Tattoos are permanent. Gauges in ear lobes can also cause permanent changes to the ears. And we have decided that for anything permanent, our kids must wait until marriage. 1 Corinthians 7:4 says, “The wife does not have authority over her own body but yields it to her husband. In the same way, the husband does not have authority over his own body but yields it to his wife.” So anything permanent must be approved by their future spouses. Once we explained this to our kids and demonstrated it in the Scriptures, they agreed.

Be Careful With Criticism

Jody and I have seen too many young adults turn away from their parents because they feel rejected by their criticism. When our kids believe that we are forcing them to live by our standards in order to make ourselves look good or to avoid potential judgement at church or in our own peer groups, they will eventually reject our standards and may even reject us when they have reached the age of independence.

We have to let our kids be their own people, and we have to deeply value the people they are, even if it is profoundly different from ourselves. Yes, we want them to be wise and pure, and if their choices could hurt themselves or others, we have to assert our authority but also come along side them and coach them toward better choices. Perhaps your family will have a different conviction about piercings than ours did. That’s okay too. Just be willing to sit with your children and discuss your beliefs. Let them know that you deeply value them and you want them to make right choices. Explain your convictions, and stand by your choice. But do it out of love and not fear.

And be careful not judge other families who have made different choices. Remember, every family and every individual has a different calling.

kid piercings, nose ring, teen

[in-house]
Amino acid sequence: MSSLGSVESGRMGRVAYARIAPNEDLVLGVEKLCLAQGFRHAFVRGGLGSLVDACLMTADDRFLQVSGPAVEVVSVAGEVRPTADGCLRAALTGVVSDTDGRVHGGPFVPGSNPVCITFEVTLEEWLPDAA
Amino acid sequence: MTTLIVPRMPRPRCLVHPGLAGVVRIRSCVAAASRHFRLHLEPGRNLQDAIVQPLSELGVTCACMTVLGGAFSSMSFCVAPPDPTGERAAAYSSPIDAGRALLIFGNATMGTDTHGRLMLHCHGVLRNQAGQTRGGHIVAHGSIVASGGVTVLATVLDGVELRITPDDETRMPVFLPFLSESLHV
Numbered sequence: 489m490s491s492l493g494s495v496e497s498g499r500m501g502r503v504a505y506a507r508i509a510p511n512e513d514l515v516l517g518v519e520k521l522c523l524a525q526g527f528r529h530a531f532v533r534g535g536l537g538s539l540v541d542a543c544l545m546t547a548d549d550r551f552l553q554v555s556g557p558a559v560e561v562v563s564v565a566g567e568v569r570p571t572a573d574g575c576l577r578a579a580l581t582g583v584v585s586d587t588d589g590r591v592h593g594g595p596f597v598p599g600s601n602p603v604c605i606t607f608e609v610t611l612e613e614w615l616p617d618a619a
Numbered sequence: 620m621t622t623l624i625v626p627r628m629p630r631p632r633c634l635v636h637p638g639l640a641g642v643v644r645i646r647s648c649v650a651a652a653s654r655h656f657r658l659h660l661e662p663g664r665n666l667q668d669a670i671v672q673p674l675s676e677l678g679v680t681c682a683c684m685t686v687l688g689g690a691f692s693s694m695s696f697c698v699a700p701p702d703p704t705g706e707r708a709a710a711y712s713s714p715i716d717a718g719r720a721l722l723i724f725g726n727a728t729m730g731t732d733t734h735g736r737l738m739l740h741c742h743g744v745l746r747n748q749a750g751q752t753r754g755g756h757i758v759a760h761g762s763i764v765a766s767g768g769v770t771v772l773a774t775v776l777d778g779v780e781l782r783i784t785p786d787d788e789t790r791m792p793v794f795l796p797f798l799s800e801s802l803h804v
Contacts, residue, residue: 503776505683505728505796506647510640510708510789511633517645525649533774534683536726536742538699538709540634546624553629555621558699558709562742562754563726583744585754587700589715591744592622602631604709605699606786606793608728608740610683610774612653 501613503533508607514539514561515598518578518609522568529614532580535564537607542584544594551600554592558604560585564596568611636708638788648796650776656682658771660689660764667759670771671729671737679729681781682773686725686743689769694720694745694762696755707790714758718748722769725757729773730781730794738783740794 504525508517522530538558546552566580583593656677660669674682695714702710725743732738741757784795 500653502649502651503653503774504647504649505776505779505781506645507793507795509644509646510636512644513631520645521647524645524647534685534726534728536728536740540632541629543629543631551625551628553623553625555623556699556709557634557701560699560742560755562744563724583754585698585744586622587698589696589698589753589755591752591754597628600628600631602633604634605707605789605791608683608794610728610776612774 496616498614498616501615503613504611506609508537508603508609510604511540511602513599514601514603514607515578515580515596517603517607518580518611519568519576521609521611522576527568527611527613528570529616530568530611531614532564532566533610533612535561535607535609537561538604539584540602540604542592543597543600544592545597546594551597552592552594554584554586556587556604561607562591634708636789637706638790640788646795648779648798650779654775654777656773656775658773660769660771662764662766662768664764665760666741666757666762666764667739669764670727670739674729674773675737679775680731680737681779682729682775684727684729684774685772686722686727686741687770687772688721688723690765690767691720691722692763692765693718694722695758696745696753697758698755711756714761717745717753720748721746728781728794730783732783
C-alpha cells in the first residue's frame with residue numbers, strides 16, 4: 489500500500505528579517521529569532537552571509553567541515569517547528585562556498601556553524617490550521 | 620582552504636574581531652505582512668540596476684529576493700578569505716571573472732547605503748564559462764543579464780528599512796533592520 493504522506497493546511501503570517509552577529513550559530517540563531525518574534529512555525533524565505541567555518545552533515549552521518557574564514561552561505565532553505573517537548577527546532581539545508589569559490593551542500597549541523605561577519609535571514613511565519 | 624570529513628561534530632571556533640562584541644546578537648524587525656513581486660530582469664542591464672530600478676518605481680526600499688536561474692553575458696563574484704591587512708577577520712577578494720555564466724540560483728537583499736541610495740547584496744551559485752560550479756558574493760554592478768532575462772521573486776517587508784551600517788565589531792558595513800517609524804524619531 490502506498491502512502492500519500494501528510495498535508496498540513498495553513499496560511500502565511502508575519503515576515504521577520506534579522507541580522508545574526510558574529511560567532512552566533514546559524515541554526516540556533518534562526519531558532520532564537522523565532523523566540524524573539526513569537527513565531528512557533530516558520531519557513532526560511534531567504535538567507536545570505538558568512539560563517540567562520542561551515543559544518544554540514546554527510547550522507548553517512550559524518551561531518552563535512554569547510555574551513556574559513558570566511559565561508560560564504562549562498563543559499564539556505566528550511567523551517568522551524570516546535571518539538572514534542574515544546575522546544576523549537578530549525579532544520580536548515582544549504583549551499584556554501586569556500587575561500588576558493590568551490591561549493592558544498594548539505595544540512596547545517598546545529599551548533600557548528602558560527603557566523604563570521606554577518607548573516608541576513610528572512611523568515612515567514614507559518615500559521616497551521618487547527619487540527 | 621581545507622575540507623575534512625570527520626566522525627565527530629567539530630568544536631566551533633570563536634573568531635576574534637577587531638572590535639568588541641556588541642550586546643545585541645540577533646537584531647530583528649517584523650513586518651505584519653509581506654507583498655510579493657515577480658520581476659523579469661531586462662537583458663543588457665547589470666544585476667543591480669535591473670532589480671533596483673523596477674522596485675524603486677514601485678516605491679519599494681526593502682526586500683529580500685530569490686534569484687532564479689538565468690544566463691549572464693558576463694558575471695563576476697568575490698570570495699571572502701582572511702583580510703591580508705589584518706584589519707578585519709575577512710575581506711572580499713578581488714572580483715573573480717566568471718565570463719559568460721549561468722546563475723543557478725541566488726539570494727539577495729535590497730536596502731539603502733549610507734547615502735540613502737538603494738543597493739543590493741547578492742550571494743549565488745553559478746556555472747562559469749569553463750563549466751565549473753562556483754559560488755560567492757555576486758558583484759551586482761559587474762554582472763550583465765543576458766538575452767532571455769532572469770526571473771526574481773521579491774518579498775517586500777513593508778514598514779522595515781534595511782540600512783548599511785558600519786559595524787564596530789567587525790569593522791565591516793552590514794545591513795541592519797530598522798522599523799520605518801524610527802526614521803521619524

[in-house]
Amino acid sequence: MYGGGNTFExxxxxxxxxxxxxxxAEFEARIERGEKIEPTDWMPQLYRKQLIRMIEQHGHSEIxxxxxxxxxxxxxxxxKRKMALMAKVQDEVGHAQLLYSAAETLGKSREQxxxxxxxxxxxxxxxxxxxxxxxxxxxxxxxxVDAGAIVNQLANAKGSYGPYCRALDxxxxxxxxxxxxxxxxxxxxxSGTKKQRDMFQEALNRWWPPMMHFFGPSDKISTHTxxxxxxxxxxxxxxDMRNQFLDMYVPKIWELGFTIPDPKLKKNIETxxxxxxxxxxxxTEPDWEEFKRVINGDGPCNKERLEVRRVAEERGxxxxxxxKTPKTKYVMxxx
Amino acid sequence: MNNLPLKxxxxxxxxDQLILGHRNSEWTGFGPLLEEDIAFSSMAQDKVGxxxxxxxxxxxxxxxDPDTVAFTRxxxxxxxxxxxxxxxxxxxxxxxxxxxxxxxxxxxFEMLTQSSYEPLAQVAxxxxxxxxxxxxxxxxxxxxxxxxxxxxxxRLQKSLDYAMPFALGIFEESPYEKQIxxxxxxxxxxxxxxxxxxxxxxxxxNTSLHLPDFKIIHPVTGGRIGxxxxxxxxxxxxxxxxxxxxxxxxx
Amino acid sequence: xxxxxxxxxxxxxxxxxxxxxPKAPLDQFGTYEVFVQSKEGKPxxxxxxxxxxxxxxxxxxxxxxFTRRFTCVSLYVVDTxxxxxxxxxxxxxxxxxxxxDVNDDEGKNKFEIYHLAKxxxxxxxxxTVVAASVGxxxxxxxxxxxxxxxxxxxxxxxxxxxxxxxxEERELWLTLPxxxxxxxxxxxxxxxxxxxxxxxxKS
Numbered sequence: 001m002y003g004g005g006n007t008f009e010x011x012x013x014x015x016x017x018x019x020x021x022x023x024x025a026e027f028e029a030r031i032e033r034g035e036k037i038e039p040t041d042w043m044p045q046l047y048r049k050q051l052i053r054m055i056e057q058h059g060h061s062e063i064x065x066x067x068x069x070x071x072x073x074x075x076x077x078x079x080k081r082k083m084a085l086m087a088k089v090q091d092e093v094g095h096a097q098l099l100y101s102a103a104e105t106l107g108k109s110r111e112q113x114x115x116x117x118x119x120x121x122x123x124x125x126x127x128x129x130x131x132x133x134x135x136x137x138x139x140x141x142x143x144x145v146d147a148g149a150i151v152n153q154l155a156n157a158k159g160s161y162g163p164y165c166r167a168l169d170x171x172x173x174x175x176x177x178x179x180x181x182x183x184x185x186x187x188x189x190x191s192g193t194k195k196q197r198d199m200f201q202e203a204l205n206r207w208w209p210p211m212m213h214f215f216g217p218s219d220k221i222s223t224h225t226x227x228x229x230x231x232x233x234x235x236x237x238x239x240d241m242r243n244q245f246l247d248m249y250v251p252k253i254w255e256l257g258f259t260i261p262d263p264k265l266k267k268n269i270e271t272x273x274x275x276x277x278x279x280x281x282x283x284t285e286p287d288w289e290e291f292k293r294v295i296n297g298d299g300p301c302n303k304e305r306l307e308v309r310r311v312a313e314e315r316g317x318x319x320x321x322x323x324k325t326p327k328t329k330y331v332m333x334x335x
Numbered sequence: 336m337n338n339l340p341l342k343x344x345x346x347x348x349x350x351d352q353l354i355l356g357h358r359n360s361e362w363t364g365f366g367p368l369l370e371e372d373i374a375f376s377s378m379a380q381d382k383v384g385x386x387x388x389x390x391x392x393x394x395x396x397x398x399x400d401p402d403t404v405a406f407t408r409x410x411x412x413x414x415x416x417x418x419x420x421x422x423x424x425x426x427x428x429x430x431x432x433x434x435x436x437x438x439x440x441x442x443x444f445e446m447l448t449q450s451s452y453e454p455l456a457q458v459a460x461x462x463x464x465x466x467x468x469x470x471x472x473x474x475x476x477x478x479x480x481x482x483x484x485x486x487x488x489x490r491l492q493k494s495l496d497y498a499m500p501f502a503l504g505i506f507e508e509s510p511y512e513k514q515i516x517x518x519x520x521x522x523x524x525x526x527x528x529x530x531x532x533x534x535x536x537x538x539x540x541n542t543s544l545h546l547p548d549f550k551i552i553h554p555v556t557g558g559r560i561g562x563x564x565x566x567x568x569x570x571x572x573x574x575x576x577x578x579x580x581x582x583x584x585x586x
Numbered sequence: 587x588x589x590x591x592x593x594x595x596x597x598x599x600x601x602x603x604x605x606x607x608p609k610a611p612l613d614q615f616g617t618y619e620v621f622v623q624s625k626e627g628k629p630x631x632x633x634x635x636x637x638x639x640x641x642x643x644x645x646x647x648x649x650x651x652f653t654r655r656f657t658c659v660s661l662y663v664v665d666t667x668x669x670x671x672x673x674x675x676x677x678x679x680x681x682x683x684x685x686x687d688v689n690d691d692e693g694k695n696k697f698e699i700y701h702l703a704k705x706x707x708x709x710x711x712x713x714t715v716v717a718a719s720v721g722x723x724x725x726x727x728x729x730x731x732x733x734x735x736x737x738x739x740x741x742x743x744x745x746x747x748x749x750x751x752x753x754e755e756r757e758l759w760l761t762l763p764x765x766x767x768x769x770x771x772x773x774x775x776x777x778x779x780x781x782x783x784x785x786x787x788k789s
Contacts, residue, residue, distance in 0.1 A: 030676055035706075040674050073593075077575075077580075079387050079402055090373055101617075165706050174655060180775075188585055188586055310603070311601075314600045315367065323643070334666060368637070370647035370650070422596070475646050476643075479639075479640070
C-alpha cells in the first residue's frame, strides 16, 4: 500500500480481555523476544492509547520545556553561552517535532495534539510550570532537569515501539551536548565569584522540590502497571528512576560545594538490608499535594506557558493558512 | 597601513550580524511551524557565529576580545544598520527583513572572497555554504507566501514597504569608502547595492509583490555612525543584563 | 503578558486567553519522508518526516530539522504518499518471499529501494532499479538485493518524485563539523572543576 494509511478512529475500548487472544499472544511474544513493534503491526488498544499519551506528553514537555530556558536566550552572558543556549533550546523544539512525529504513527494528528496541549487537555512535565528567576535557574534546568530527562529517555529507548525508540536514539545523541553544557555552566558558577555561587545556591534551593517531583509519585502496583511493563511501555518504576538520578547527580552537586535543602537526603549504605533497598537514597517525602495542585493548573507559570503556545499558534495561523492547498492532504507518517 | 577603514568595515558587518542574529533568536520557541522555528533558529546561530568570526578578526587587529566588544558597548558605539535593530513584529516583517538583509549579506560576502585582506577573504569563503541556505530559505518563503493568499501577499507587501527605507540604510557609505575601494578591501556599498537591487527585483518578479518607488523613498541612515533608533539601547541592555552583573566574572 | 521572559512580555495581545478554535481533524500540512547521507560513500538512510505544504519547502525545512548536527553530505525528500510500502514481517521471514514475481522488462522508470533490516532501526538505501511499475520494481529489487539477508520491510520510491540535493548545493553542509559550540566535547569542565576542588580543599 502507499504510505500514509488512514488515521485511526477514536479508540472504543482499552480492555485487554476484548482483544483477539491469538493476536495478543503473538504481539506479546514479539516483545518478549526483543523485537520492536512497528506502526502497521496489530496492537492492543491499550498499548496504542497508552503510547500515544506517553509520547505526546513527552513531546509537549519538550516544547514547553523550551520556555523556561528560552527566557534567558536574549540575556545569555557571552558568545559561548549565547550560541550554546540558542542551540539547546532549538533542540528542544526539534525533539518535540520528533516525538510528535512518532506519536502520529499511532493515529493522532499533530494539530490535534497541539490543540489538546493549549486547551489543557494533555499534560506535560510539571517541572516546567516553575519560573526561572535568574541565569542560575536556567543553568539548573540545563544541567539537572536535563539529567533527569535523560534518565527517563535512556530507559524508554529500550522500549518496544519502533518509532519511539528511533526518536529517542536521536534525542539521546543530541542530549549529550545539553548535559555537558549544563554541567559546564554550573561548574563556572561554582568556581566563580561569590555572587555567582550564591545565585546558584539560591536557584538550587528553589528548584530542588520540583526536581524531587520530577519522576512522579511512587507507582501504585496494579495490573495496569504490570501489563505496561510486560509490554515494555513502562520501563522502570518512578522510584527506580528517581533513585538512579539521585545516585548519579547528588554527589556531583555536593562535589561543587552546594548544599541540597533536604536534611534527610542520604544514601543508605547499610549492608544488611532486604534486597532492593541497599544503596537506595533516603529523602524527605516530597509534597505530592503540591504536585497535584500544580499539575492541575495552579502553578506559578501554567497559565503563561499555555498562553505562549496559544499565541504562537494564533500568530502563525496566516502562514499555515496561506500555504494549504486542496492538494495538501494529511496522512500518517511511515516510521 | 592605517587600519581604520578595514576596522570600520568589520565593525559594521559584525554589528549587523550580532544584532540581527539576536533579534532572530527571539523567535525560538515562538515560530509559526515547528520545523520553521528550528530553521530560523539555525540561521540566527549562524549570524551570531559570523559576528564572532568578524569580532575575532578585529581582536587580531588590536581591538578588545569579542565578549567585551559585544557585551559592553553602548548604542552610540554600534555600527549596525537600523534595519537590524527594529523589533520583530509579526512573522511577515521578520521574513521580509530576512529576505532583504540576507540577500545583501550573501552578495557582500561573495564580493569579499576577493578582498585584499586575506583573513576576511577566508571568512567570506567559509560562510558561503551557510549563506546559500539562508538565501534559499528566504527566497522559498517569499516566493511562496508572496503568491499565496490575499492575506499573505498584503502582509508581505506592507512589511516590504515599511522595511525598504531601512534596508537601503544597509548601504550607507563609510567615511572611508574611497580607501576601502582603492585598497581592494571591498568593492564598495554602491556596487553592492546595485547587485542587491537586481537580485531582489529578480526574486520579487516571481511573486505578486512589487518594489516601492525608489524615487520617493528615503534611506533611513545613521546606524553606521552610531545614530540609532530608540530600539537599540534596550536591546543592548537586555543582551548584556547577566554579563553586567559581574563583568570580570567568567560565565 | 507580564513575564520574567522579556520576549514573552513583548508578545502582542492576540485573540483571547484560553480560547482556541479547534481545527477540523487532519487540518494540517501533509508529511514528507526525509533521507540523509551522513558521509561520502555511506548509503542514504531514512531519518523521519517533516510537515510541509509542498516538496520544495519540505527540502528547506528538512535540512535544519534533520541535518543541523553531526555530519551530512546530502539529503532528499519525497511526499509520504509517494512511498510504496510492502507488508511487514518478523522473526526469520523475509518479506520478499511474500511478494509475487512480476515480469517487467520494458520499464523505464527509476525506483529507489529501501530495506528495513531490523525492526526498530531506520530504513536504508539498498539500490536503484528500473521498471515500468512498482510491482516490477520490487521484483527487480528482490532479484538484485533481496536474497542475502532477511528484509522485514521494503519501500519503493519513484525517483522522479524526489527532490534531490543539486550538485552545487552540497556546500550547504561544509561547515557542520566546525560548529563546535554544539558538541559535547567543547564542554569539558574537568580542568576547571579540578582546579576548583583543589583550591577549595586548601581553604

Sky

Sky knows that she is called reach the lost. She is not called to reach the church. So she is going to look different than a girl her age who is called to minister primarily to the church body. The apostle Paul said, “To those not having the law I became like one not having the law (though I am not free from God’s law but am under Christ’s law), so as to win those not having the law. To the weak I became weak, to win the weak. I have become all things to all people so that by all possible means I might save some.” (1 Corinthians 9:21, 22).

Let’s be careful not to make quick judgements about what is acceptable or unacceptable. Some have argued that our kids shouldn’t look like the world – they are set apart. Being set apart goes deeper than outward appearance. Our kids can be both relevant and pure. They can dress modestly and still be creative and relevant. The choices they make as ambassadors of God will set them apart.

When they choose peace and prayer during a crisis, they will be set apart, and their peers will notice. When they avoid profanity while the people around them don’t, they will be set apart. When they focus on growing their skills and becoming their own best at whatever gifts and passions they’ve been given, instead of focusing on growing their social life and winning favor with the opposite sex, they will be set apart.

One Pesky Problem

Our kids are to be IN the world but not OF the world. Jesus said, “My prayer is not that you take them out of the world but that you protect them from the evil one.” (John 17:15) Therein lies our challenge.

Last year when we were key note speakers in British Columbia, one of the conference coordinators gave an excellent talk, and in it he said that in many ways it seems the Amish got it right. We must protect our children from the evil one, so we are tempted to shelter them from the world and cause them to live in the safety of isolation. But there’s one pesky problem with this plan — the Great Commission.

God is going to use every one of our kids in a unique way to fulfill His plan. Some will be called the mountain of government, where piercings and blue hair will not make them effective witnesses. Others will be called to the mountain of arts and entertainment, where piercings and mohawks are not at all strange. Let’s be sensitive to the passions and purposes of each our kids and each other’s kids, and let the Holy Spirit (not biases or prejudices) do the leading.